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In Holyoke, Mass., on the Connecticut River, they’re replacing a closed paper mill with a factory that will make “clean cement.” If it lives up to hopes, that would be a big deal since making cement is a huge emitter of carbon. From the article in Heatmap (read it here):

More than half of the emissions from cement come from a chemical reaction that’s intrinsic to its production. Cement consists of lime, silica, and water. It’s made by first heating up limestone in a kiln to more than 1,400 degrees Celsius (2,550 degrees Fahrenheit) — a level of heat that can typically be achieved only by burning coal or natural gas — to produce reactive lime. The bigger problem, though, is that limestone contains carbon, and as it heats up, that carbon is released as a gas. So even if you could heat the kiln with clean electricity instead of coal, there would still be carbon emitted by the process.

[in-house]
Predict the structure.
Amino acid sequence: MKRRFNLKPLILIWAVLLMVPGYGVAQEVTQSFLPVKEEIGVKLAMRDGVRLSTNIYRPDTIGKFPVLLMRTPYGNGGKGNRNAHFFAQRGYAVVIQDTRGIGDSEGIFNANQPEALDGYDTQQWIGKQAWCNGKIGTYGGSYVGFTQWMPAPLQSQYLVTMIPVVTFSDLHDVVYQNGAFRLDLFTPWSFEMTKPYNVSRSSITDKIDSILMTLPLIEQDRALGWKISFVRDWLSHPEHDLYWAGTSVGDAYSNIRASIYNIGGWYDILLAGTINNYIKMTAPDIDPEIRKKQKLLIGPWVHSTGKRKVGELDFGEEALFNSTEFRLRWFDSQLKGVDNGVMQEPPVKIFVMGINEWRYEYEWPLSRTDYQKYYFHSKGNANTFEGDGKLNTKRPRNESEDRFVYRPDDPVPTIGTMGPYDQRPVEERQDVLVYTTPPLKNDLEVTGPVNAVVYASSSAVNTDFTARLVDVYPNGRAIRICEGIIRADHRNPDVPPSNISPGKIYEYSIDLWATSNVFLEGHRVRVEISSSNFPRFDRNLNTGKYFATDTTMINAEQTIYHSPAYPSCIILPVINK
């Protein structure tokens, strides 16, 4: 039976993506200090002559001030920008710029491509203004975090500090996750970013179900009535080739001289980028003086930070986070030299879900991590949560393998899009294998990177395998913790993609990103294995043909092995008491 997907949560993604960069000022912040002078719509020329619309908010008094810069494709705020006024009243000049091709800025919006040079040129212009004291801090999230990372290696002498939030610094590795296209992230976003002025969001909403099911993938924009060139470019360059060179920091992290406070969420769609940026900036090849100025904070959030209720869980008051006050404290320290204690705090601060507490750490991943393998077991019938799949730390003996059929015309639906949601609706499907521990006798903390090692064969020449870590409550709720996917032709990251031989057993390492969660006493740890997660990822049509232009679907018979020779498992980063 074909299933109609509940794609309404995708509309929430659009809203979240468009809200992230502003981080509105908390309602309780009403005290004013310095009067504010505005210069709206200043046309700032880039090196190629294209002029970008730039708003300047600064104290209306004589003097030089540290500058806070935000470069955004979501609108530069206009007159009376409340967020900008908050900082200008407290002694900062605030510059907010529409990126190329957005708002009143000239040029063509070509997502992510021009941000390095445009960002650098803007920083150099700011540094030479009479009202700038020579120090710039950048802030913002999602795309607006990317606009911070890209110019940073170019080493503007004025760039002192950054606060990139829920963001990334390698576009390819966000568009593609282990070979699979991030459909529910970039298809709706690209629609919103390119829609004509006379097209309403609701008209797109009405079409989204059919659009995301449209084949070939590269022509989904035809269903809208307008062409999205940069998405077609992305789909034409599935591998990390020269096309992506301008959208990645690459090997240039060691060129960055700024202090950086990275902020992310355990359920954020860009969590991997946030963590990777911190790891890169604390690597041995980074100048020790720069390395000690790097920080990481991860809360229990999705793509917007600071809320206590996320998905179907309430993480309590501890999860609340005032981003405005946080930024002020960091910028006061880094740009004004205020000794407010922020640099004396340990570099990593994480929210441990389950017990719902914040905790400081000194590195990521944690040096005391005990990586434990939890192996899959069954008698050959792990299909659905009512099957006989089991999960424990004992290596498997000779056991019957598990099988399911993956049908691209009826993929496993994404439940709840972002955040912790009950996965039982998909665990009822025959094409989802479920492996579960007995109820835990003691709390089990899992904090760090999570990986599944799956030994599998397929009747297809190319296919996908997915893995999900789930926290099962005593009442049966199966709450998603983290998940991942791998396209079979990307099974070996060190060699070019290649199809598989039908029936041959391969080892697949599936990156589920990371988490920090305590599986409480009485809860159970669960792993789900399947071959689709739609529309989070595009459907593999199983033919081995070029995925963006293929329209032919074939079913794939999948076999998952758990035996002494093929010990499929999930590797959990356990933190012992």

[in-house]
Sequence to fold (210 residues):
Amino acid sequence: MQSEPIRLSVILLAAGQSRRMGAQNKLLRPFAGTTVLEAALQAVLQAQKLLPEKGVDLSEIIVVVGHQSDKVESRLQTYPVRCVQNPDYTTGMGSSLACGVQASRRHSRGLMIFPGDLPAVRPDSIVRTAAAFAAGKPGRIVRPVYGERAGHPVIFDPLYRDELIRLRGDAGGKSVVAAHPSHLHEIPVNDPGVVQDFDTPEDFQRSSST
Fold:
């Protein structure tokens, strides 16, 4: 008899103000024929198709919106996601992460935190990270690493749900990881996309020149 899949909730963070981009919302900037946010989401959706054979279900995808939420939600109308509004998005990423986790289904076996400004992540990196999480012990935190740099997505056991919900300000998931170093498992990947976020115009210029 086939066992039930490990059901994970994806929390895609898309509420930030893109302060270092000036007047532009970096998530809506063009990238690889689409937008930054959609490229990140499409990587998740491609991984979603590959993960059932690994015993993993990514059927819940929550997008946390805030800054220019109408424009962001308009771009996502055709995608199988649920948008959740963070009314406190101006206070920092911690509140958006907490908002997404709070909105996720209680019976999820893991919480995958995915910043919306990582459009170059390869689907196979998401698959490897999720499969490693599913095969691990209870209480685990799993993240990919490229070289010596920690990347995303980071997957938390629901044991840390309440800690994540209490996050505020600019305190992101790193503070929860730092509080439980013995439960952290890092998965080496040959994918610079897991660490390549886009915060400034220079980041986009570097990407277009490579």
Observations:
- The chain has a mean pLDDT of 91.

But Sublime has found another way. Ellis and her cofounder Yet-Ming Chiang — a serial entrepreneur who is also behind the buzzy battery startup Form Energy — developed a new way to make reactive lime that does not require limestone. Instead of heating up rocks in a kiln, they drive the chemical process with electric currents. This enables the company to avoid limestone and use a variety of other raw materials that do not contain carbon to produce lime.

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